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Spiritual Discourse in the Academy

A Globalized Indigenous Perspective


Edited By Njoki Nathani Wane, Francis Akena Adyanga and Ahmed Ali Ilmi

Spiritual Discourse in the Academy focuses on the value of spirituality as a subjugated knowledge from globalized contexts. The book's central tenet is that spirituality is the core of one's intellectual growth and that its inclusion in education acknowledges the sum total of who we are. It not only offers strategies for transformative education, but also embraces global diversity and inclusive education for the twenty-first century.
The book also provides a detailed examination of spirituality from a global context, acknowledges the detrimental legacies of colonialism on indigenous spirituality, knowledge systems, traditional justice systems, and on indigenous peoples. Spiritual Discourse in the Academy reaches out to educators, scholars, and students who are interested in the multiple roles of spirituality in schooling and society at large. It can be used for teaching courses in spirituality, education, religious studies, and cultural studies.
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Chapter Seven: Spirituality as a Strategy for Survival: An Igbo Perspective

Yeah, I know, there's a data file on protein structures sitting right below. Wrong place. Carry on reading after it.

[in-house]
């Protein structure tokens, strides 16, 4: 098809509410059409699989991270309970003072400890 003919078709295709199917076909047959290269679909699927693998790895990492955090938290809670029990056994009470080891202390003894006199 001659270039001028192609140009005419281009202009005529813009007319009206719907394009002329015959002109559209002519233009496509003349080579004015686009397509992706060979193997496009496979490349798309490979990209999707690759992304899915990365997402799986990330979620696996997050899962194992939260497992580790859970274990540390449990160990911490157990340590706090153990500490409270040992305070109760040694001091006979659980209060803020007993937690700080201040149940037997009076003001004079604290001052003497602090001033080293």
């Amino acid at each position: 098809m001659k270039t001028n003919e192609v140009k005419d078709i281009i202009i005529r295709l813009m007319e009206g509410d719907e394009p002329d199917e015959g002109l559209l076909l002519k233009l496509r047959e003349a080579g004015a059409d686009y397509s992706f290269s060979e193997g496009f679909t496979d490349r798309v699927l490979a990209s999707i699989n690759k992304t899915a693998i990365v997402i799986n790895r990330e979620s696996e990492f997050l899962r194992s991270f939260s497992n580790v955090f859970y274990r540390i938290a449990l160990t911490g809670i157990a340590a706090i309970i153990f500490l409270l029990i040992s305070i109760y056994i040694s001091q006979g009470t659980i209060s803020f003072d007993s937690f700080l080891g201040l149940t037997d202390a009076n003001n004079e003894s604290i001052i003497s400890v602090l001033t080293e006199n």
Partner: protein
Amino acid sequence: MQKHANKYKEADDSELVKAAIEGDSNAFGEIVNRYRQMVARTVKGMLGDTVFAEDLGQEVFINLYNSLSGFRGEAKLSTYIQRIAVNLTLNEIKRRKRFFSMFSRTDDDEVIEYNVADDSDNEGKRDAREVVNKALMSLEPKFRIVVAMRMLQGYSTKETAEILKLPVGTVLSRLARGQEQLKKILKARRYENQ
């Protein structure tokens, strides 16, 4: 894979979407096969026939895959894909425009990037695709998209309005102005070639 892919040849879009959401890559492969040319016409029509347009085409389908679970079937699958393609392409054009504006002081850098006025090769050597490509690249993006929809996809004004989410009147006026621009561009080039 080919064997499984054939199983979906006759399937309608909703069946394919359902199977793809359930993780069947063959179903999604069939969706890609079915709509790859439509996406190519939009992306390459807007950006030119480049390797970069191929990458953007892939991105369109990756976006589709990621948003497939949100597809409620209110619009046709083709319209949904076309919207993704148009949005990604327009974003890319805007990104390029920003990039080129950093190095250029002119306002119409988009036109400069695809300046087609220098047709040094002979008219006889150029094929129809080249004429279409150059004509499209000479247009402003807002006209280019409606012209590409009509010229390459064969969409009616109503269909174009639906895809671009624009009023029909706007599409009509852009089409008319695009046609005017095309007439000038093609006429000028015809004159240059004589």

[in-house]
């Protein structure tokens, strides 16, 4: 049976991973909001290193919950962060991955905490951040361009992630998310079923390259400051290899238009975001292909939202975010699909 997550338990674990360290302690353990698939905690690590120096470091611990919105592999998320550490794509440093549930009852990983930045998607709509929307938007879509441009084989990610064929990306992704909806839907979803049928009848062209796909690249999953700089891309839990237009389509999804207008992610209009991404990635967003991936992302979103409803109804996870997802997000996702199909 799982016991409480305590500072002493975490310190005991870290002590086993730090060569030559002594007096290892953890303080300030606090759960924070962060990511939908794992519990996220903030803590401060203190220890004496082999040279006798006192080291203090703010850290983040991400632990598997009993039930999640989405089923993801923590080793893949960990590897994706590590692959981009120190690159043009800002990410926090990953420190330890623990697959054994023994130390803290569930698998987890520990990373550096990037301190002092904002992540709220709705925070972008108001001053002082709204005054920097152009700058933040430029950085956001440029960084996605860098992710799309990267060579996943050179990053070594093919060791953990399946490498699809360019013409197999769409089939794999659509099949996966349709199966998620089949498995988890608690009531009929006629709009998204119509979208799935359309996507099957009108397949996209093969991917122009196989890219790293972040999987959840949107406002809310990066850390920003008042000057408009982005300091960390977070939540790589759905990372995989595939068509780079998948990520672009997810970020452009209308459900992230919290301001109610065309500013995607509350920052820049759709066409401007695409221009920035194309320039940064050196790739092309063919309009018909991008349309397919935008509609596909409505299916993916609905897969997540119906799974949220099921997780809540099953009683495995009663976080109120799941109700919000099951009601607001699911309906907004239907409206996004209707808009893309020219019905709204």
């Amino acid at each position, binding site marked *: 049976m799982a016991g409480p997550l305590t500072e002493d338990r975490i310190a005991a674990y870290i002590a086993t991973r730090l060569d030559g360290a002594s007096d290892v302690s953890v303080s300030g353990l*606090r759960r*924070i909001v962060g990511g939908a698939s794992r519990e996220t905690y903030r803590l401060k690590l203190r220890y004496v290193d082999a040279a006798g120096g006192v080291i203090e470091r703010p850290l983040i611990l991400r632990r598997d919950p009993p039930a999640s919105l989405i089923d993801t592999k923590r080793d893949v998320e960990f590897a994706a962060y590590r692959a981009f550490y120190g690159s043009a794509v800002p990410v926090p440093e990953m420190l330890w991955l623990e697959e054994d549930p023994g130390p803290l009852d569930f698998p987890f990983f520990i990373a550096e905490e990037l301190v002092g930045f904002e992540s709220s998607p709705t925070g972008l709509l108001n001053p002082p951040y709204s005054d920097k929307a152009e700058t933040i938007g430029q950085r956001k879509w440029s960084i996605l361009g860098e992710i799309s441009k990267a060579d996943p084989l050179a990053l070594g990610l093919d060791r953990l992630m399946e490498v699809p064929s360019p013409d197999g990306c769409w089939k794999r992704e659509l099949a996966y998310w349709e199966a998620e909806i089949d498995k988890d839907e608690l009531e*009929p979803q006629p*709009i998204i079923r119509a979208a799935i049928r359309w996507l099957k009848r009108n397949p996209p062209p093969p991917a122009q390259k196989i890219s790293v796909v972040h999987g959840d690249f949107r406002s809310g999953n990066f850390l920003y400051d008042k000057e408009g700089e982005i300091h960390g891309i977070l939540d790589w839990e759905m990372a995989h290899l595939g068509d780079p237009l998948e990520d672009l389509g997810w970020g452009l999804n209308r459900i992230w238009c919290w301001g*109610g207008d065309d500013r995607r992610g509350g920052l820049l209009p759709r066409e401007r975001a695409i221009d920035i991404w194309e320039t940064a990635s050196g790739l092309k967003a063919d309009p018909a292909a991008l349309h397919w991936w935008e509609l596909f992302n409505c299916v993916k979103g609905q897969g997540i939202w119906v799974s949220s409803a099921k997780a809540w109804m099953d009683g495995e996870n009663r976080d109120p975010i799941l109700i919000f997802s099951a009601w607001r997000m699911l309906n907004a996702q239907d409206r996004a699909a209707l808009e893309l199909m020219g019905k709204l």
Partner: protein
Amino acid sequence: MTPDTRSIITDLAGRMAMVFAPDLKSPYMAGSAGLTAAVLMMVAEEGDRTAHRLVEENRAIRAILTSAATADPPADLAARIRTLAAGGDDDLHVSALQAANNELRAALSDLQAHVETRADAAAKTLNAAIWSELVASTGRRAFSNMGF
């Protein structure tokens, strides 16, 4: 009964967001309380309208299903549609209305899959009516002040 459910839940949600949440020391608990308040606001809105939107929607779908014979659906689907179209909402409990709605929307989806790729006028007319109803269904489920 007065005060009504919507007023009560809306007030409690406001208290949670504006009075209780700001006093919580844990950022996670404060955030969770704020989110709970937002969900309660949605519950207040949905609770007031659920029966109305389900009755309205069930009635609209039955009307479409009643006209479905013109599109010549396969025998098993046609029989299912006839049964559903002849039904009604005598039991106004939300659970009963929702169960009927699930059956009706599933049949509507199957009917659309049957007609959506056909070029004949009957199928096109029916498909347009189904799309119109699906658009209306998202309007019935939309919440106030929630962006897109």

Spirituality as a Strategy for Survival: An Igbo Perspective



Using the Indigenous theoretical framework—since our Indigenous lifestyle is intertwined with spirituality and spirituality is the cohesive network that binds it together—this chapter deals with the various ways that the individual and the community experience and apply spirituality as a strategy for survival. These include prayers, songs, names, spoken words, festivals, pouring of libation and the invocation of the ancestral spirits, service to the community, and generally maintaining a positive, progressive, and cohesive society. Special reference is made to the Igbo people of Nigeria and their close relationship to Chukwu and Chi. In most cases where music is used, it is used as a means of reflection and encouragement. Often, Chi and Chukwu are invoked within the song.

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